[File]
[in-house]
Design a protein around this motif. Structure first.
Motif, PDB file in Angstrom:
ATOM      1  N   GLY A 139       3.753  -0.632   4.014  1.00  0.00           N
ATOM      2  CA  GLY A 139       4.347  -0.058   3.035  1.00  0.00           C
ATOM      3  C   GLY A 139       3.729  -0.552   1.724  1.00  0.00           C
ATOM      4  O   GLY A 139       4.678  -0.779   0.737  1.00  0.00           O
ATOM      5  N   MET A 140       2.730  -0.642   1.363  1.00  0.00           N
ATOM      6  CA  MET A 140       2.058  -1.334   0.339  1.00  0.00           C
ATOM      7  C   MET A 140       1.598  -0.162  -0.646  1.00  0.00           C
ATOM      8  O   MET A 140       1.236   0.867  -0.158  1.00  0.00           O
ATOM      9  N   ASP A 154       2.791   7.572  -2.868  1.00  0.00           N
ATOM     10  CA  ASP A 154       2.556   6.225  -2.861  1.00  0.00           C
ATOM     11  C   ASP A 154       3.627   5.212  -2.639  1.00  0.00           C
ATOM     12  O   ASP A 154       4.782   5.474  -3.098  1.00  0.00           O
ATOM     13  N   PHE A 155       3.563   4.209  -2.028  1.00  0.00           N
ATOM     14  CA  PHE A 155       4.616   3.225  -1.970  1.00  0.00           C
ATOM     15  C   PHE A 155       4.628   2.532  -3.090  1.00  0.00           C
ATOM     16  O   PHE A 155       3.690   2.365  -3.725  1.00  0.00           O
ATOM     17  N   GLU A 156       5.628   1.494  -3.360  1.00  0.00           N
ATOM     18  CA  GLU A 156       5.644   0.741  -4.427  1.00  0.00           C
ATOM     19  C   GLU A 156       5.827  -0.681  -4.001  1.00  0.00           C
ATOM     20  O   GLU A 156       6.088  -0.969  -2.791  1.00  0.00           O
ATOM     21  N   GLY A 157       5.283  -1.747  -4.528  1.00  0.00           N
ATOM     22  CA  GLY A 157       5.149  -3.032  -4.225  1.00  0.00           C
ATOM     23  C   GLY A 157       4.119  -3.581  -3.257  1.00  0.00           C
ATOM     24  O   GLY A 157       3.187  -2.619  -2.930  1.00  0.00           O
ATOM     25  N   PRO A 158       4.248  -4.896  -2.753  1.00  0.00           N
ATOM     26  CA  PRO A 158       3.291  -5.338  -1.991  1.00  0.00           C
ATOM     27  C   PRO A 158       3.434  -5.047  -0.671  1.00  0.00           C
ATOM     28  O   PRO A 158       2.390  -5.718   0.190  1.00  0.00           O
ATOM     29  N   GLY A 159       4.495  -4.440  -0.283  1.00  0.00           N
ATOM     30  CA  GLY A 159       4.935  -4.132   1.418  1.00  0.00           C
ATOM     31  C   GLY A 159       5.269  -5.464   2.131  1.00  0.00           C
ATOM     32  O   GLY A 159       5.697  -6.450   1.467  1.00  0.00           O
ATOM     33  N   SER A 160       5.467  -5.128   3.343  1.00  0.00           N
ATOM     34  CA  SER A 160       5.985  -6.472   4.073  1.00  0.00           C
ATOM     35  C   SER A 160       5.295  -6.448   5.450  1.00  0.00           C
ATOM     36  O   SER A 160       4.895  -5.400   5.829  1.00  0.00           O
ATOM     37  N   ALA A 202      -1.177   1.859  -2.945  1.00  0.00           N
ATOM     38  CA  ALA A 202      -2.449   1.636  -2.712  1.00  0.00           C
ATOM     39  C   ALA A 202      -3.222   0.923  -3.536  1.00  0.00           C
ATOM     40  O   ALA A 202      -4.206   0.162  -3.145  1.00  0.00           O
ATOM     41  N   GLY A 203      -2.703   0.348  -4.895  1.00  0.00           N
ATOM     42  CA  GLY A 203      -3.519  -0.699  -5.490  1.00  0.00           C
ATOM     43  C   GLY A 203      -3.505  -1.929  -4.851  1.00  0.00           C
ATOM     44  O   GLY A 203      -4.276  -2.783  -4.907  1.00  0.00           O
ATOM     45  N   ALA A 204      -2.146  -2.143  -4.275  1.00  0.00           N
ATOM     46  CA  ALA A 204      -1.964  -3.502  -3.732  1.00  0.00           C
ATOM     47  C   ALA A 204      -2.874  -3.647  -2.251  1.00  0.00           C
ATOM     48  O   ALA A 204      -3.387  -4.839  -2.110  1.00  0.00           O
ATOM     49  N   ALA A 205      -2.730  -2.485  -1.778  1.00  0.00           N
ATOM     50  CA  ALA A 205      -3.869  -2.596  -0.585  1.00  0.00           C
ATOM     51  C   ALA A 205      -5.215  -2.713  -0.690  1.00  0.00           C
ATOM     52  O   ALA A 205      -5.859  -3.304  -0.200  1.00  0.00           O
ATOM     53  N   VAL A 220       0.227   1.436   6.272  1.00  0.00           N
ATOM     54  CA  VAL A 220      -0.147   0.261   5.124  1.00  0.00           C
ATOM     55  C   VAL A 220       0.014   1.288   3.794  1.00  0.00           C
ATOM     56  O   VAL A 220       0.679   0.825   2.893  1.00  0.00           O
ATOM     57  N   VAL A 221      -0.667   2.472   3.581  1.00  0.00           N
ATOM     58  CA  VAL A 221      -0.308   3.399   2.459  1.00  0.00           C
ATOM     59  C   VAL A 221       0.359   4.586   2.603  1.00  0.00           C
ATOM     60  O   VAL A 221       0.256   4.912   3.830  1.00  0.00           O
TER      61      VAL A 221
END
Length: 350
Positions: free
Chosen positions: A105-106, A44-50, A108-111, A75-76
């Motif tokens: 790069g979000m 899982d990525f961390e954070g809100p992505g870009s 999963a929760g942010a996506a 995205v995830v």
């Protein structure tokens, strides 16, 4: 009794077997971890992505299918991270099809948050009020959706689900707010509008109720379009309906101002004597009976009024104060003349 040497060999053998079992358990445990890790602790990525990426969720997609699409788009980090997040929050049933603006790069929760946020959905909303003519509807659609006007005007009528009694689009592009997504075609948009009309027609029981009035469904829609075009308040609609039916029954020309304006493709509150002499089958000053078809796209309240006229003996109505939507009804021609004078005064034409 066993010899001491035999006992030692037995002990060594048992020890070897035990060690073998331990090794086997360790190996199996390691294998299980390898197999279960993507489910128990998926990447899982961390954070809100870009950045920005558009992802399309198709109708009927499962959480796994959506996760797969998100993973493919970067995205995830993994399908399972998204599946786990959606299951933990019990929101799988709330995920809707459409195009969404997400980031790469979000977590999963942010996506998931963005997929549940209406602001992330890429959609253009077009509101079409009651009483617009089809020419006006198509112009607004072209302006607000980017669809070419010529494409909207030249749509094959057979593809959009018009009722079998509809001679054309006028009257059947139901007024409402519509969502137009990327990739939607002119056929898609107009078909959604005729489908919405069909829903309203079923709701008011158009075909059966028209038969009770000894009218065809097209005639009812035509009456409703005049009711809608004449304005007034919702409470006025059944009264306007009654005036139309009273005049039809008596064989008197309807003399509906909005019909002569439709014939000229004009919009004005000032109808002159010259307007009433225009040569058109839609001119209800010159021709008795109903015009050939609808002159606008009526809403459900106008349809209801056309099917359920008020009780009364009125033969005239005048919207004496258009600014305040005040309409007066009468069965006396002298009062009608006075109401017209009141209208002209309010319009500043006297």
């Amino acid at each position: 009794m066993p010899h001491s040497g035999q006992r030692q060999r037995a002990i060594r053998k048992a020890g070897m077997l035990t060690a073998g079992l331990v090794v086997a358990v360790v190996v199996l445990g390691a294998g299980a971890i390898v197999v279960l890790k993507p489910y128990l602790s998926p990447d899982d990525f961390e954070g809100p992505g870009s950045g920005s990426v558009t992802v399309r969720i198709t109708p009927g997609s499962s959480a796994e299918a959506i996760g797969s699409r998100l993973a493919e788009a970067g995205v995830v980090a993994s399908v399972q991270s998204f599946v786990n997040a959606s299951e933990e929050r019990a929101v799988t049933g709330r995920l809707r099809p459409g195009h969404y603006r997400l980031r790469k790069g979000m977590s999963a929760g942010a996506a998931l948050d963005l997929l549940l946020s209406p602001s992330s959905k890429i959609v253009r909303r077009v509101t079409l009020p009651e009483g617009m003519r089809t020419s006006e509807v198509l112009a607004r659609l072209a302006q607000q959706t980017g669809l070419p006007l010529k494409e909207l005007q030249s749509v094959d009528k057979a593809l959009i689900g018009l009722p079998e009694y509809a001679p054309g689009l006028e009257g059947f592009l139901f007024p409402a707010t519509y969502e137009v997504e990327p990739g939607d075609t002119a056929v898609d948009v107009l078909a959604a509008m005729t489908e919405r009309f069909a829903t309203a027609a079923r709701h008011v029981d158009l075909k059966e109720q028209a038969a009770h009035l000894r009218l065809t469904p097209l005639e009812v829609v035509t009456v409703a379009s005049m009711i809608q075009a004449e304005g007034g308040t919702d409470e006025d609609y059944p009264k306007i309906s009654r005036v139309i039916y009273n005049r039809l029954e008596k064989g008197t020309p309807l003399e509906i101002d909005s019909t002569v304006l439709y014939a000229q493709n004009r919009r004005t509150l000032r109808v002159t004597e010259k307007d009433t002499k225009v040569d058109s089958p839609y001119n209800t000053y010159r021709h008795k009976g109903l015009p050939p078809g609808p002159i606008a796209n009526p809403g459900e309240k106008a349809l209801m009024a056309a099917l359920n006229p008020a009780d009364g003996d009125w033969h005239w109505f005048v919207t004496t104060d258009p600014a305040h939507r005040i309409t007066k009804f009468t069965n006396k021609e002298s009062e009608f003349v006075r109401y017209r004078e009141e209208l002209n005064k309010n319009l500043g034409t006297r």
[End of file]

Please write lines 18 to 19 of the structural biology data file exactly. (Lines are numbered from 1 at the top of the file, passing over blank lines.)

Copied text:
ATOM     15  C   PHE A 155       4.628   2.532  -3.090  1.00  0.00           C
ATOM     16  O   PHE A 155       3.690   2.365  -3.725  1.00  0.00           O